While volunteers with the Neponset River Watershed Association have found bacterial levels in Crack Rock Pond make it safe for swimming, it’s unlikely that anyone is clamoring to take a dip from its North Street shores.
E. coli concentrations in the pond in 2018 were less than half of the level determined safe for swimming, the association said in a press release.
But its unappealing neon green color and awful smell, thanks to a algae bloom that endangers the wildlife, keeps swimmers at bay.
“Excessive amounts of phosphorus, a key fertilizer for plants, is driving the impressive blooms, and foul smells coming from Crackrock Pond,” said Chris Hirsch, an environmental scientist with the Neponset River Watershed Association, which has been monitoring the water quality in the pond for more than 20 years.
According to the association’s recently published report, on the water quality of Crackrock Pond, phosphorus levels were almost ten times the level EPA considers healthy for ponds.
“The pond’s high phosphorus level is not only causing ugly blooms, but it’s also depleting the supply of oxygen in the water, which aquatic animals depend on to breathe,” Hirsch said.
The association’s report says the high concentration of phosphorus is likely the legacy of past discharges upstream in the Neponset River. However, there are concerns that landscaping runoff, which includes fertilizer, is also contributing to the problem.
“Our results also suggest that stormwater runoff from the nearby landscape is contributing to the problem,” said Ian Cooke, the association’s executive director. “Something will need to be done to remove or sequester the phosphorus that is cycling within the pond, but preventing new stormwater inputs of phosphorus is a major piece of the restoration puzzle. Preventing stormwater pollution is critical to protecting other ponds and waterways in Foxboro from a similar fate.”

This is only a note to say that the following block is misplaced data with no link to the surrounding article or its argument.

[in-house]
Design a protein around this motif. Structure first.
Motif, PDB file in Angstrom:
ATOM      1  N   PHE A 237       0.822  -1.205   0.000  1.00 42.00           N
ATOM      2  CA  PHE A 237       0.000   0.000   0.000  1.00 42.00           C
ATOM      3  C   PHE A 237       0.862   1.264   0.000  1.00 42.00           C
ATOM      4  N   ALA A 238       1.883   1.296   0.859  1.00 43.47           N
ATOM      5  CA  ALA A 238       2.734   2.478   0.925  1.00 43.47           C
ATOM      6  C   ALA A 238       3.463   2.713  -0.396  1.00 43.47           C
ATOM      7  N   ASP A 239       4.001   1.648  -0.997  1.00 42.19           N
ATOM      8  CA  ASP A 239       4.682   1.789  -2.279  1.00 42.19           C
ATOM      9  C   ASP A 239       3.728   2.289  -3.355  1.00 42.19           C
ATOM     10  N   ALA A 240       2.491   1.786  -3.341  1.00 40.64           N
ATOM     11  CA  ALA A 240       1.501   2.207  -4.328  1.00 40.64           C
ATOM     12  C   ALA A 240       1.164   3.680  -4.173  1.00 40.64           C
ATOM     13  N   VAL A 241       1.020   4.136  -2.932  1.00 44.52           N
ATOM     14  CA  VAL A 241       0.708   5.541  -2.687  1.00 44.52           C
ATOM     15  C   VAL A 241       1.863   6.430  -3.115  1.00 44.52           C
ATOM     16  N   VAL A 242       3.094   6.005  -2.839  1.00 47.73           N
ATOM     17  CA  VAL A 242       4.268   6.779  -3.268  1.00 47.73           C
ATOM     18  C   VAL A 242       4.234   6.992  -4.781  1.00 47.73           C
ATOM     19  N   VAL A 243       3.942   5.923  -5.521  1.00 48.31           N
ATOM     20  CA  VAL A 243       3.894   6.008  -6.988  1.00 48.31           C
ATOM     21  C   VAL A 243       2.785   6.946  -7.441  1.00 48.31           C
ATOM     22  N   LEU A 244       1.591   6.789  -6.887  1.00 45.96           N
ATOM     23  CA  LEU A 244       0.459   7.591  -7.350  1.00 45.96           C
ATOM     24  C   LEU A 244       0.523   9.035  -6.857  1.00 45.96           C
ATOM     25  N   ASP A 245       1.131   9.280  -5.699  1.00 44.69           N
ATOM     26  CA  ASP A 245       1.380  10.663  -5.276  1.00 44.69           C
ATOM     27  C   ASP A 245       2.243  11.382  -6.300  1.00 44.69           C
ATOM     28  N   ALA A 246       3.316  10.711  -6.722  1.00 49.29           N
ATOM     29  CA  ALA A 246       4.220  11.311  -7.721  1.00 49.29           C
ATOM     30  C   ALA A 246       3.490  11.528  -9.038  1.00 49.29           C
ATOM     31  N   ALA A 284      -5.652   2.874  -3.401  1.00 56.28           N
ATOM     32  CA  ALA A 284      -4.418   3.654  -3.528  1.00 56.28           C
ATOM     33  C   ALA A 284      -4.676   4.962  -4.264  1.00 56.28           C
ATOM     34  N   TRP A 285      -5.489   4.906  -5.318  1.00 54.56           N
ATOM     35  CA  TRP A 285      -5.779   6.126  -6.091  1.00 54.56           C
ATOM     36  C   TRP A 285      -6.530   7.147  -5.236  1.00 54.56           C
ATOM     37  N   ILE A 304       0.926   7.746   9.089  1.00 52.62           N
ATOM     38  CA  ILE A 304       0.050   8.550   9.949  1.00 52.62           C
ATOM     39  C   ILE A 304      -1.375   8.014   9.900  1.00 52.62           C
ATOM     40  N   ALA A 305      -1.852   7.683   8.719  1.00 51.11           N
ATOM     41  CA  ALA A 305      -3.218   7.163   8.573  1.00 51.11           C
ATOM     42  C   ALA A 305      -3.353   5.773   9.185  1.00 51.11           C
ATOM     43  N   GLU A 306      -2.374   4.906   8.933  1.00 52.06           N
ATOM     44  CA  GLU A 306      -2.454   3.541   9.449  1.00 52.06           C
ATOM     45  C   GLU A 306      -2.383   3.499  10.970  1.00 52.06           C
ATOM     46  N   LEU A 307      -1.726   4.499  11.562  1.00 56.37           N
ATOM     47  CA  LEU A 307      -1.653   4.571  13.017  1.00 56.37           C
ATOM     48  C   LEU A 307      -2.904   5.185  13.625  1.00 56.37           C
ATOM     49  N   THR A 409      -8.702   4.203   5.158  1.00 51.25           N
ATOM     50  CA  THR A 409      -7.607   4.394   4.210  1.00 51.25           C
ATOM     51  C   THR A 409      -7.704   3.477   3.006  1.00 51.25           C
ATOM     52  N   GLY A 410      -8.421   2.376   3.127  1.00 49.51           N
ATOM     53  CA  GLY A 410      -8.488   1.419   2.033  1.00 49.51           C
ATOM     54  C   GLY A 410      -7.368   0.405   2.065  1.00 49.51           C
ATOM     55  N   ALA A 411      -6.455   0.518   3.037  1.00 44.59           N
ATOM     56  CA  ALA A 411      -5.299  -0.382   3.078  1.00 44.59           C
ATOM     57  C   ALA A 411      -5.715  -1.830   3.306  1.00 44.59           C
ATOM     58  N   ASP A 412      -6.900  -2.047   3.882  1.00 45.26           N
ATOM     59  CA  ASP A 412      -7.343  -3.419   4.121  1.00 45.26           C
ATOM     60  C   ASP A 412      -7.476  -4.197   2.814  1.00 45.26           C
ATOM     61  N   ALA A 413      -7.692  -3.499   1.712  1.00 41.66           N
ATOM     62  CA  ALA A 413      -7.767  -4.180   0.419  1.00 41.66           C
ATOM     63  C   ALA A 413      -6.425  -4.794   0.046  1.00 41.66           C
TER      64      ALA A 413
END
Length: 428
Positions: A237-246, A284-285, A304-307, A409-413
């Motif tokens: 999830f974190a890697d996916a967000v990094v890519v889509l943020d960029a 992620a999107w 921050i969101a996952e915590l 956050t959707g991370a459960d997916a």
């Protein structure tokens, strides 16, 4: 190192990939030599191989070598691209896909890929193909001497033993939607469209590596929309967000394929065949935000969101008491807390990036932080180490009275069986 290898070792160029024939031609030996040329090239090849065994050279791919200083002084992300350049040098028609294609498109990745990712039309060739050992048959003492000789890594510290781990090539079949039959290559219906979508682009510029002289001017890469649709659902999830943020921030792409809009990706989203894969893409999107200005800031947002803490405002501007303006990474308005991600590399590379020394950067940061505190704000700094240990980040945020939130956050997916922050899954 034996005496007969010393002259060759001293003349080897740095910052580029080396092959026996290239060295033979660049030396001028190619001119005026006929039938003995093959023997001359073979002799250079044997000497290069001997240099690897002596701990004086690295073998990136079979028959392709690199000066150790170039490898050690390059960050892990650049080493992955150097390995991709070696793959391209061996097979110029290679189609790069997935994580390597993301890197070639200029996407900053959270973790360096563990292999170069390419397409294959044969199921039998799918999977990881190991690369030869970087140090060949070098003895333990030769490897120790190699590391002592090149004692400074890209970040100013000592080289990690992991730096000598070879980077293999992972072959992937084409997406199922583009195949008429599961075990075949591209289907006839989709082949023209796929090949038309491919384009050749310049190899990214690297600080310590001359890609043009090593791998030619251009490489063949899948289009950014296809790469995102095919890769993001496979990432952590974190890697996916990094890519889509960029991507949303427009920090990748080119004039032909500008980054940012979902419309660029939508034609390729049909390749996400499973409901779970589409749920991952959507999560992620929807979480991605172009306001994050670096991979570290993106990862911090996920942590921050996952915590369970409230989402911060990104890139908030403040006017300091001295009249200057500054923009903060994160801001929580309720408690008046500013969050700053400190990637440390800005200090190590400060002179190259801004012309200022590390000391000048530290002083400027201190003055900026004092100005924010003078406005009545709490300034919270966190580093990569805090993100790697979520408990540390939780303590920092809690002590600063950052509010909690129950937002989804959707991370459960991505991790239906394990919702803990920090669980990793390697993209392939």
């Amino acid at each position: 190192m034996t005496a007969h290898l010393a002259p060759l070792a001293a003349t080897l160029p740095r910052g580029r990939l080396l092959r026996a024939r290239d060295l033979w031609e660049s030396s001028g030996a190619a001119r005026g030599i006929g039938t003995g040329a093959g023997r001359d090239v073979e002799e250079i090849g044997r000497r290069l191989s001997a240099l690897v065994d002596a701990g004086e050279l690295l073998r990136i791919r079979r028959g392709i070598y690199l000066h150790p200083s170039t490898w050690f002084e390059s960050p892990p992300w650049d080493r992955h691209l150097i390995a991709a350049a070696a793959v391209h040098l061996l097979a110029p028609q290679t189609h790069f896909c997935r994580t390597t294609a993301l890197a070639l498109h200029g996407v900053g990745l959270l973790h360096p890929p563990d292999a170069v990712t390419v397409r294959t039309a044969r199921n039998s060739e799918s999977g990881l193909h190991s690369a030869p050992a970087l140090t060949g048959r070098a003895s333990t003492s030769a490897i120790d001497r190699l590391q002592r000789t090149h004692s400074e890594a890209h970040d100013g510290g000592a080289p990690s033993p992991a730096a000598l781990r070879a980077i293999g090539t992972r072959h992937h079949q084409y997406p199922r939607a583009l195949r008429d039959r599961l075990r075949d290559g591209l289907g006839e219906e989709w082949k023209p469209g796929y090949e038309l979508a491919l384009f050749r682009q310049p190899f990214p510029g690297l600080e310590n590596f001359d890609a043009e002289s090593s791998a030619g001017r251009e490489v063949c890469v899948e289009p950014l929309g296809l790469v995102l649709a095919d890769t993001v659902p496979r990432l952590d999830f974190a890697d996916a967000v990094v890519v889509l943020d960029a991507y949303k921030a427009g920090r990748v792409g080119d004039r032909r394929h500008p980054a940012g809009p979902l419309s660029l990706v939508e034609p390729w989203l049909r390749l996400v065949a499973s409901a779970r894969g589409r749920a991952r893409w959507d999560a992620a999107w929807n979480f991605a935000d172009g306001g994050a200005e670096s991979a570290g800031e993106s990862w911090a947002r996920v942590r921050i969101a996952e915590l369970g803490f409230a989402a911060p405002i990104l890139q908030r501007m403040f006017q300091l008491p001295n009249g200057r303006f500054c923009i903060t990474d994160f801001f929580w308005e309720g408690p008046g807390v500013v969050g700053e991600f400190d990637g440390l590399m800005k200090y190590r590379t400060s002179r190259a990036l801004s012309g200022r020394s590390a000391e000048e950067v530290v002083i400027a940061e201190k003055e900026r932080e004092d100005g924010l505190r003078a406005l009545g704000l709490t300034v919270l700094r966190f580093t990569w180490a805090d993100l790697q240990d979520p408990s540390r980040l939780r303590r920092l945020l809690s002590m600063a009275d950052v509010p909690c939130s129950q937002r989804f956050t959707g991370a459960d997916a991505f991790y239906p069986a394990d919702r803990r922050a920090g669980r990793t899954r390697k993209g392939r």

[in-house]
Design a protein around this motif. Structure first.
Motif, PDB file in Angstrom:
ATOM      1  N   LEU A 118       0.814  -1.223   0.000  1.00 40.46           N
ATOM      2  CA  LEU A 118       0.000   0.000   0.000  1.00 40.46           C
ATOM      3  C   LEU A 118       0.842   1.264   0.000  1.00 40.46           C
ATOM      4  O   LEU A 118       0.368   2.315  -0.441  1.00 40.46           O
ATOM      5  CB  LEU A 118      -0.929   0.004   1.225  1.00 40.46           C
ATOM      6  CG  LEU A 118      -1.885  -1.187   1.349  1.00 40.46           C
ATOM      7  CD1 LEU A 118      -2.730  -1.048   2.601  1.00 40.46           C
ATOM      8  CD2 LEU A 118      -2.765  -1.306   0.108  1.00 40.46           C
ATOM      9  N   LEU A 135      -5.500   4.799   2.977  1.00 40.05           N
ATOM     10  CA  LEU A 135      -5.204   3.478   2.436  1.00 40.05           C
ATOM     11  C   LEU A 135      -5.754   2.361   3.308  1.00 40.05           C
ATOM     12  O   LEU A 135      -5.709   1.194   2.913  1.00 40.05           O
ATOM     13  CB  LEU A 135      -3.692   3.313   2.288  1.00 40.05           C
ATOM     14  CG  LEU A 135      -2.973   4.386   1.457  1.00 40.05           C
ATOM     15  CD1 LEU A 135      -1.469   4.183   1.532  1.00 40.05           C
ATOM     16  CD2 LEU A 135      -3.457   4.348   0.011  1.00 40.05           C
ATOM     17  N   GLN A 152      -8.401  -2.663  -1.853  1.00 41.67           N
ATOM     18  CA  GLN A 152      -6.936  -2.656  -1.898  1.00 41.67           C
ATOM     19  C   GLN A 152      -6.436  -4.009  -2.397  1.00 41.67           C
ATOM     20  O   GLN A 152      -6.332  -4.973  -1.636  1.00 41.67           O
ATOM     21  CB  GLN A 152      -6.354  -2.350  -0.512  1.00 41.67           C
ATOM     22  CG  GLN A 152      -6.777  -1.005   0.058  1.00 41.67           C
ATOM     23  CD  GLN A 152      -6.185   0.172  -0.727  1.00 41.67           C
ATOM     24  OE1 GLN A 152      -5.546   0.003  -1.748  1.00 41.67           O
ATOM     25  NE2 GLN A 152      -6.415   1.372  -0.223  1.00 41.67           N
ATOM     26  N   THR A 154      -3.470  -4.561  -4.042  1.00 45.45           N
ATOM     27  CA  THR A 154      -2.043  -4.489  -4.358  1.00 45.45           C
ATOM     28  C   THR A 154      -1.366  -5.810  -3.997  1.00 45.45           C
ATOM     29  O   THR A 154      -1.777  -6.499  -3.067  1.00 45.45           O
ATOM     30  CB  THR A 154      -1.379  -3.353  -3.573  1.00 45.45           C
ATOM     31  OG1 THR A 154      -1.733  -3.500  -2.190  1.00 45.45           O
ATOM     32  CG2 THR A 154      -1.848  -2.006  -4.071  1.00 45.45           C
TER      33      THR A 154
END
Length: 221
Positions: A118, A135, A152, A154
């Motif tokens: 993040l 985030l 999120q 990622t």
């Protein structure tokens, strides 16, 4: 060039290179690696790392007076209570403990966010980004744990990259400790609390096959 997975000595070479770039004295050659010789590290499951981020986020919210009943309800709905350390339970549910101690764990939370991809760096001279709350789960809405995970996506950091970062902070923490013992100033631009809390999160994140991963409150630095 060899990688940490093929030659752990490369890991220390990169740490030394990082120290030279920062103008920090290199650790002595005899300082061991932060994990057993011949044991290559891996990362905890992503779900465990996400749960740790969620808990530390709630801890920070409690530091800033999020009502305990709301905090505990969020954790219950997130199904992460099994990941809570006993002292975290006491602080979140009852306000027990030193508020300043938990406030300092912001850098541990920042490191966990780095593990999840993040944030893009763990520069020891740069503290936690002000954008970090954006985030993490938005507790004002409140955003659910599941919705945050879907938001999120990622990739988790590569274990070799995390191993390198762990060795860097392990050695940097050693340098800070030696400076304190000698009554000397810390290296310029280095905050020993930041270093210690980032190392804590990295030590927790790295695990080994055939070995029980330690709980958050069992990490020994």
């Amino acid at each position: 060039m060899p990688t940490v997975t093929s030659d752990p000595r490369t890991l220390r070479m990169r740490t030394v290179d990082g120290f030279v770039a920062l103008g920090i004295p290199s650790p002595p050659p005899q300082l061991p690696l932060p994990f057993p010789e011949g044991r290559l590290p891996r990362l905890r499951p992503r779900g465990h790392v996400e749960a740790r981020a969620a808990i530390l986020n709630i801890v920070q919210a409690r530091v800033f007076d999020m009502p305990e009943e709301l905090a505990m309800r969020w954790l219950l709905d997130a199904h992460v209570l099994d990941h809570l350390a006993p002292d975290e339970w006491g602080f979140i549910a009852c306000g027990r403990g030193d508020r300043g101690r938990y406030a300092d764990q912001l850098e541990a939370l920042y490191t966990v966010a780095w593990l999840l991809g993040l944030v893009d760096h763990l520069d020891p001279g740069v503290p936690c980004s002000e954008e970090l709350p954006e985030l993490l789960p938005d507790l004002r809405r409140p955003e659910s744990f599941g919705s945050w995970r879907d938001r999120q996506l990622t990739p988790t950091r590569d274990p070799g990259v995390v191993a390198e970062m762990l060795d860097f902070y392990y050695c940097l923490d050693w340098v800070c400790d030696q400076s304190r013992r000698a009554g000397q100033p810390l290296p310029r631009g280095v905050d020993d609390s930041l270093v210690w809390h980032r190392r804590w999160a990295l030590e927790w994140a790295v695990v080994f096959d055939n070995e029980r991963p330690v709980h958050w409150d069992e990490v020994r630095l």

Town officials and the association have been working together, along with neighboring communities through the Neponset Stormwater Partnership to comply with new requirements from the Environmental Protection Agency to reduce polluted stormwater runoff.
Under the new requirements, the must implement pollution reduction measures, such as more frequent street sweeping, new rules for land developers, and checking for and eliminating sewer and septic leaks. Educating the public about stormwater pollution is another requirement.
“The new permit requirements are a significant new obligation for our small department, but we are making progress and the outcome of our efforts will benefit all residents in Foxboro,” said Town Engineer Chris Gallagher.
For the full report on Crackrock Pond, and for more information about to prevent phosphorus runoff, visit www.yourcleanwater.org.